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Miroslav Volf: Allah

Still, Volf has written a courageous, important, and timely book. He cannot be accused of accommodating Christian orthodoxy in accomplishing his task, so all future counter-arguments will need to pay careful attention to Allah: A Christian Response. And even if some conservative Christians might resist the possibility of a conjoined Christian-Muslim religious identity, there are by now enough examples of how, due to the exigencies of history, Muslim disciples of Jesus have emerged in Islamic contexts so that like it or not, these are part of the realities of the pluralistic world of the twenty-first century rather than aberrations. I would go further to suggest that the arguments unfolded in this book have implications not only for Christian-Muslim relations but also for the Christian understanding of and encounter, dialogue, and engagement with those in other faiths as well—in particular Judaism (which parallels Volf appeals to repeatedly in these pages), not to mention Buddhism, Confucianism, Daoism, Hinduism, and even indigenous religious traditions.

To return to the significance of Volf’s book for Pentecostalism, however, its urgency cannot be under-accentuated. Elsewhere—especially in my book Hospitality and the Other: Pentecost, Christian Practices, and the Neighbor (Orbis, 2008)—I have documented the expansion of Pentecostalism in the global South, in various regions across Asia and sub-Saharan Africa, where Islam is a majority religion. Pentecostal missionary and evangelistic zeal, often coupled with aggressiveness against those in other faiths, Islam as well, can combine with Muslim belligerence to produce a combustible socio-political mix. Some might be concerned that coming to agree with Volf (about their worshipping the same God as Muslims) might undermine the Pentecostal missionary impulse; this of course gets us to the heart of the soteriological matter—that Pentecostals might be unwilling to seriously entertain a theological proposal that they perceive as working against their practical commitments. But I would urge all Pentecostals to pause and consider whether their attitudes toward Islam and Muslims are driven by pragmatic motivations (i.e., a missionary impulse) or whether the latter should instead be the case: that good mission practices can and should emerge from out of solid theological foundations. In this latter case, perhaps a more viable, defensible, and productive common mission might indeed be forged with Muslim collaborators than in opposition to those for whom the God of Mohammed may not be radically different from the God of Jesus Christ. Miroslav Volf, a Pentecostal PK who grew up in the former “Yugoslavia” and endured wars and ethnic tensions between Christians and Muslims, would at least like us to consider this possibility, and has thus done us all in the Pentecostal community in particular and the Christian community at large a huge favor by writing this very accessible—yet for all that very deeply theological and yet intensely practical—book. There may not be a more important volume on the Christian encounter with Islam or on Christian theology in the pluralistic world of the twenty-first century currently on offer than this one.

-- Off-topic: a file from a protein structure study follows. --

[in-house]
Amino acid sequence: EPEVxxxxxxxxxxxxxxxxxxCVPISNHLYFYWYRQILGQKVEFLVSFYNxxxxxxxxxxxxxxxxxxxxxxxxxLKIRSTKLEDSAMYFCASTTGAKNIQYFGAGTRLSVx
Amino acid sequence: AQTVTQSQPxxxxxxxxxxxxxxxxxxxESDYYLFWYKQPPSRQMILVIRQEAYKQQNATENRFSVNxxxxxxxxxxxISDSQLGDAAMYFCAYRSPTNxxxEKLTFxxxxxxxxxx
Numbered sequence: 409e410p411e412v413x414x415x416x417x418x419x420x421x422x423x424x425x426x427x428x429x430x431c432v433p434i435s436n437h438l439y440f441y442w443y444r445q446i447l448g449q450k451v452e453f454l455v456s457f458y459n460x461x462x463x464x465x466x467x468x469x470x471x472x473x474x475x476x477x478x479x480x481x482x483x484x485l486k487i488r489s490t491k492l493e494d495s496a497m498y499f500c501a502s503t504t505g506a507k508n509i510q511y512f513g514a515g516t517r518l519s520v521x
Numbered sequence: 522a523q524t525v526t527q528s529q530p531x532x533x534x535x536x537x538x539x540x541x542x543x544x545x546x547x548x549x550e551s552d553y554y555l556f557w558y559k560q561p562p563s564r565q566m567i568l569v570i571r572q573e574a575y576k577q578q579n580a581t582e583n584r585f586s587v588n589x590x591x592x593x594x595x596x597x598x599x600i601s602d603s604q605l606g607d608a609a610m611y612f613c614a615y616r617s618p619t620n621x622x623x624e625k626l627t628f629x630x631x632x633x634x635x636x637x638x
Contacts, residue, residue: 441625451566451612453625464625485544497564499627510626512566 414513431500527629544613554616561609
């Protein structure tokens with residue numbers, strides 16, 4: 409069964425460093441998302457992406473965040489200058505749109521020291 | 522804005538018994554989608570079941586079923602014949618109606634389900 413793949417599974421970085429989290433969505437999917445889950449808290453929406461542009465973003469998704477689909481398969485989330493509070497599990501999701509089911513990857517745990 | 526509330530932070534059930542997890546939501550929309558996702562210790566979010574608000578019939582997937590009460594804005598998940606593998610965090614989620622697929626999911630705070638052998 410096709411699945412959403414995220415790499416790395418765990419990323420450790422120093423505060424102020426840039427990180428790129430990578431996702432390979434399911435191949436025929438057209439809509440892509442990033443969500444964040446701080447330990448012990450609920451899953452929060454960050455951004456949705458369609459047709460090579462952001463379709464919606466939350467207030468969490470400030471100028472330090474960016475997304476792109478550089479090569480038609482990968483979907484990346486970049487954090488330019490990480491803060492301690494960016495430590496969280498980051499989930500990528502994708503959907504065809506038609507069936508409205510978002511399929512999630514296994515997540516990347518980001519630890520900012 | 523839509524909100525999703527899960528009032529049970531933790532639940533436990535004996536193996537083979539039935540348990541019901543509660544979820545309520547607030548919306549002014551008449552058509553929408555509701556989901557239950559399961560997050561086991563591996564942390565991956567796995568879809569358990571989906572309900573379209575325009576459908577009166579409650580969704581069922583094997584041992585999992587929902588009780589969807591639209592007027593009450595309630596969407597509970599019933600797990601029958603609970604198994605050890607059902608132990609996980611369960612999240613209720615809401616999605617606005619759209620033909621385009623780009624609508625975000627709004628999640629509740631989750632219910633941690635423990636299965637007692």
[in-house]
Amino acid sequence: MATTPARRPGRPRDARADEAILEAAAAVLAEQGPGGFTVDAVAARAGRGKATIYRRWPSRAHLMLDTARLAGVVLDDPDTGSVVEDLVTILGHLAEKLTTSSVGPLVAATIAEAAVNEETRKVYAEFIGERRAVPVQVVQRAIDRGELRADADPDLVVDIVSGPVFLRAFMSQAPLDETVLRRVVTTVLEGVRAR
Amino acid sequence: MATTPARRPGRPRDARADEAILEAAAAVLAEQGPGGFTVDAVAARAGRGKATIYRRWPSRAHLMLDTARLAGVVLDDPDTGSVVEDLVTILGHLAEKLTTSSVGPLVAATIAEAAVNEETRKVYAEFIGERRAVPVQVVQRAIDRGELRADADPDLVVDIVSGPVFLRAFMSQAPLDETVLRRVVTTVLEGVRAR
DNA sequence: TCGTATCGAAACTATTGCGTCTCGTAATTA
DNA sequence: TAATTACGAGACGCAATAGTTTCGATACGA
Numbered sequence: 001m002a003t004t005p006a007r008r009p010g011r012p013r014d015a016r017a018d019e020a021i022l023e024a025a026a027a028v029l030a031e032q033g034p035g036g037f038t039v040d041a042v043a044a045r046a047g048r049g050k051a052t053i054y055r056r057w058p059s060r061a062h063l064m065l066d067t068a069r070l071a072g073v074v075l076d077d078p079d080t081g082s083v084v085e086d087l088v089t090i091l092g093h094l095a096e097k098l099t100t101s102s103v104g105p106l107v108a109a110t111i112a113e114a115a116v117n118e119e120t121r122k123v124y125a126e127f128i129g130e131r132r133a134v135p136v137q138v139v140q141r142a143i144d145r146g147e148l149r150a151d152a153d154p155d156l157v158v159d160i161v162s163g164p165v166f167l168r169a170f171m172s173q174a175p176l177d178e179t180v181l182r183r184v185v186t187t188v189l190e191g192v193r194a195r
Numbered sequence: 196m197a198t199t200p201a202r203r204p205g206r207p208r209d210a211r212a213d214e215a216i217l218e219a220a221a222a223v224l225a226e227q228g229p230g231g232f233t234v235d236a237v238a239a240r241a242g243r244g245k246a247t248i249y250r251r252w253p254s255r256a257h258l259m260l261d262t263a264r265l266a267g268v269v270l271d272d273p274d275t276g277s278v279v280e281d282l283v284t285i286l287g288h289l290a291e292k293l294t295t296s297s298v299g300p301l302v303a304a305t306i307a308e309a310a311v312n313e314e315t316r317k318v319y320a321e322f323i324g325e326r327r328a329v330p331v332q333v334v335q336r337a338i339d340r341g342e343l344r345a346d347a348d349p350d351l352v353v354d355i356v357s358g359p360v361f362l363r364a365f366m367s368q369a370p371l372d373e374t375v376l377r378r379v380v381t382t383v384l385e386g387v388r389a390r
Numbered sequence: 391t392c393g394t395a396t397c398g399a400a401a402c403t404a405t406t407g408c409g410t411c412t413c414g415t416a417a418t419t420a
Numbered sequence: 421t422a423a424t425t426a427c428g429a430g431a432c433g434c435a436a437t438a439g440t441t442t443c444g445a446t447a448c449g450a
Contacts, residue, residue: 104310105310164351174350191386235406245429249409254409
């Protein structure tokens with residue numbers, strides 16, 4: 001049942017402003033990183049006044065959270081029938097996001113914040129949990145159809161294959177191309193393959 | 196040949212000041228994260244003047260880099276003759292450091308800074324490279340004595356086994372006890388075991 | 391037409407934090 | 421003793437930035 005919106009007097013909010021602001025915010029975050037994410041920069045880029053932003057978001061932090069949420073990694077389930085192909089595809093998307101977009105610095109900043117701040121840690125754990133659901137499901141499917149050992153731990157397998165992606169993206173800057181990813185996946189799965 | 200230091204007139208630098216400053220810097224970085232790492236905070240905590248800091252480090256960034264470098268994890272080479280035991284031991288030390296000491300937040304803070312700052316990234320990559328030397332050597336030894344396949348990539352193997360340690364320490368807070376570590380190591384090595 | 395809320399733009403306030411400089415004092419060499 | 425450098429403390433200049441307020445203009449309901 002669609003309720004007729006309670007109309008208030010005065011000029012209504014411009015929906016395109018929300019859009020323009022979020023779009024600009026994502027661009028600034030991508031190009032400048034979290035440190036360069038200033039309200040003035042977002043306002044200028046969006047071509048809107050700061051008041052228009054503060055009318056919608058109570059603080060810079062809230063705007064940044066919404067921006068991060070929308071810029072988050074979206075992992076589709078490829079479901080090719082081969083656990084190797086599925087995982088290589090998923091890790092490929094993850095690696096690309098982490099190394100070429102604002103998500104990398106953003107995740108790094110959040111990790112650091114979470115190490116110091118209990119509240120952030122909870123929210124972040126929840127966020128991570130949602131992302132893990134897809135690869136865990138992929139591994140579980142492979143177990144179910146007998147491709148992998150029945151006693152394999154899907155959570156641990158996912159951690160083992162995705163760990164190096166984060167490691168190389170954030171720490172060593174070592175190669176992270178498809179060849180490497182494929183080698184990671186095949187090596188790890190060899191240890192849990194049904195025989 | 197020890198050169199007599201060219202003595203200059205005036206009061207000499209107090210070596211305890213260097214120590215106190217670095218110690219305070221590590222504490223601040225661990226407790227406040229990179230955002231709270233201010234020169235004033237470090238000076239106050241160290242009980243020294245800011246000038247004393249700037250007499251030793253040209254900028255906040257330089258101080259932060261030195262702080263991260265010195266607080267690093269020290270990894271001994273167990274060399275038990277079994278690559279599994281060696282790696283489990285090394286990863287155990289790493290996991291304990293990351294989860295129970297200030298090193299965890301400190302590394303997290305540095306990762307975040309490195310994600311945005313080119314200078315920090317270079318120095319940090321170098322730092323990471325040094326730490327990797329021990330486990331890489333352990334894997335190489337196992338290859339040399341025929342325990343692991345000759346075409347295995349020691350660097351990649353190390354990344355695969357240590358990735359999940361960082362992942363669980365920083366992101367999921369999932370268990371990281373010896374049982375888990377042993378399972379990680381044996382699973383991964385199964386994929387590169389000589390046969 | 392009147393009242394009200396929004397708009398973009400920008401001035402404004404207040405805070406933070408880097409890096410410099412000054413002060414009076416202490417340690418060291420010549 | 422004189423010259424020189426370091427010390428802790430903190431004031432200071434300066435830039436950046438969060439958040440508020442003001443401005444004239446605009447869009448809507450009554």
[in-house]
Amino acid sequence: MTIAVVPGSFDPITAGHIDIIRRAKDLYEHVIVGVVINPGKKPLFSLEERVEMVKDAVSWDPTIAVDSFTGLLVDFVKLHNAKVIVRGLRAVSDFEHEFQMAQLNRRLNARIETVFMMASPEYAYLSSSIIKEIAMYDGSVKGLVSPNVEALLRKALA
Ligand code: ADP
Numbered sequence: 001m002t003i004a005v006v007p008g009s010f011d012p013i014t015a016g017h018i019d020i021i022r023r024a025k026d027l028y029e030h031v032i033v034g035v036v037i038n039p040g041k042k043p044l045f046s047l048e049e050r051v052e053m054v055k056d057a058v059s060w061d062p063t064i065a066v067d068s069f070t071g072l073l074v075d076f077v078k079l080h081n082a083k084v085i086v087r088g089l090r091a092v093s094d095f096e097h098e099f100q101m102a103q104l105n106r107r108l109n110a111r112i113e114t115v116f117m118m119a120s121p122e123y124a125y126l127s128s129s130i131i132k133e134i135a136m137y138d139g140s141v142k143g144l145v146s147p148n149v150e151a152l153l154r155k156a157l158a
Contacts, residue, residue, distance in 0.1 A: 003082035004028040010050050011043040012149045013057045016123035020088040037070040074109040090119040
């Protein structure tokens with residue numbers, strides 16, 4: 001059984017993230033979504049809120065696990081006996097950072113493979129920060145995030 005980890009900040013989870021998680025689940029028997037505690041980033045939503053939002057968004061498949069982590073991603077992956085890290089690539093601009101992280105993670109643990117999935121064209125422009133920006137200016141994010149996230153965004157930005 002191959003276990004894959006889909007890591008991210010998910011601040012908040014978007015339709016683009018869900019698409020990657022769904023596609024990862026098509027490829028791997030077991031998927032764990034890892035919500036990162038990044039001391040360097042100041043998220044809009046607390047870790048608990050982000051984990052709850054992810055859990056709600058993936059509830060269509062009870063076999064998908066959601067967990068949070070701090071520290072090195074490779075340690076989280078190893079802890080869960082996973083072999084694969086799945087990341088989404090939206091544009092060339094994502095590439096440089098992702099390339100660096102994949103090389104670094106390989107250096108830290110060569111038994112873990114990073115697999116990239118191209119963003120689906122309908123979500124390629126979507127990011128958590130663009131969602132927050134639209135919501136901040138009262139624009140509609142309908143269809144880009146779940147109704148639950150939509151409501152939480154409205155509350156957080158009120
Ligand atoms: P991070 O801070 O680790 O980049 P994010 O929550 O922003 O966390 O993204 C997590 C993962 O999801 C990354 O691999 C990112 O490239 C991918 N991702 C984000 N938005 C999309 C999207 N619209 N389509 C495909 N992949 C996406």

Reviewed by Amos Yong


1 This review was based on the pre-release copy.


Publisher’s page, read a sample:


Further Reading:
Mark Galli interviews Miroslav Volf asking, “Do Muslims and Christians Worship the Same God?”


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Category: Fall 2011, In Depth

About the Author: Amos Yong is Professor of Theology & Mission and director of the Center for Missiological Research at Fuller Theological Seminary, Pasadena. His graduate education includes degrees in theology, history, and religious studies from Western Evangelical Seminary and Portland State University, Portland, Oregon, and Boston University, Boston, Massachusetts, and an undergraduate degree from Bethany University of the Assemblies of God. He is the author of numerous papers and over 30 books. Facebook

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